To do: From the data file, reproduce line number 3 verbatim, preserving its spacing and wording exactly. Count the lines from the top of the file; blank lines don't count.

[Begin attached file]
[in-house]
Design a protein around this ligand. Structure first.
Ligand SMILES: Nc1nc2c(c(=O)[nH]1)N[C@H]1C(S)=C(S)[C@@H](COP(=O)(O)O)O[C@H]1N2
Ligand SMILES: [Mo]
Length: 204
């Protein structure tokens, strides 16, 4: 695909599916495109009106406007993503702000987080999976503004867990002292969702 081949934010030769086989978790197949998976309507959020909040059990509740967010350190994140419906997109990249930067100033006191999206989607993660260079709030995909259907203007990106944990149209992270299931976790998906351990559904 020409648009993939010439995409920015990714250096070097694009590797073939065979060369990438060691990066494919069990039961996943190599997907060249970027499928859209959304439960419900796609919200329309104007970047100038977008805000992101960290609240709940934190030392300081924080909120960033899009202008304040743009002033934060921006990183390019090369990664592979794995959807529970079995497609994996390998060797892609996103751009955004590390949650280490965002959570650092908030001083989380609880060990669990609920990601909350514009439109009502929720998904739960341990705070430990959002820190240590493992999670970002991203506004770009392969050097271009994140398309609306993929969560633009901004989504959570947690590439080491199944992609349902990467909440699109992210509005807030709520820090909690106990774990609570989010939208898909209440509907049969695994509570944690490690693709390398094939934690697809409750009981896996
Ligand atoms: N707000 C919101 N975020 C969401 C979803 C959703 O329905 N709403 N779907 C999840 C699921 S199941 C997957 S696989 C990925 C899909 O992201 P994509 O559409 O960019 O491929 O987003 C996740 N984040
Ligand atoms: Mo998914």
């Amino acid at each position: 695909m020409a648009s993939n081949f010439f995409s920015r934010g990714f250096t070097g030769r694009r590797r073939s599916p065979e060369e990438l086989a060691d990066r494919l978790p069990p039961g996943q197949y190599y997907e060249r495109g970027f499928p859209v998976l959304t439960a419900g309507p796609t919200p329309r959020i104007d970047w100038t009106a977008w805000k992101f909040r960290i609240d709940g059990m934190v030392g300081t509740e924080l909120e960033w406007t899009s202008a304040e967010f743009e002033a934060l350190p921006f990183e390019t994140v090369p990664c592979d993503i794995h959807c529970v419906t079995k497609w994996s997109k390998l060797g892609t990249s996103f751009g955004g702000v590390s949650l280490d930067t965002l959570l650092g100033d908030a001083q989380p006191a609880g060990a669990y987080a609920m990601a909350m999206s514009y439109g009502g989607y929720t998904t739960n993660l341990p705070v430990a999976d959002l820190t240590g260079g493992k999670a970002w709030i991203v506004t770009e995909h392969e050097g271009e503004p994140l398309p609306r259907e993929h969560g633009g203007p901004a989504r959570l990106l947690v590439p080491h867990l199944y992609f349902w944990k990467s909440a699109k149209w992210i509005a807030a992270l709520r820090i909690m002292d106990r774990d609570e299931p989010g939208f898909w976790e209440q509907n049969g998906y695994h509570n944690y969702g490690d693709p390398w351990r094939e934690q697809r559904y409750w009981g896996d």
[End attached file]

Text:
Ligand SMILES: Nc1nc2c(c(=O)[nH]1)N[C@H]1C(S)=C(S)[C@@H](COP(=O)(O)O)O[C@H]1N2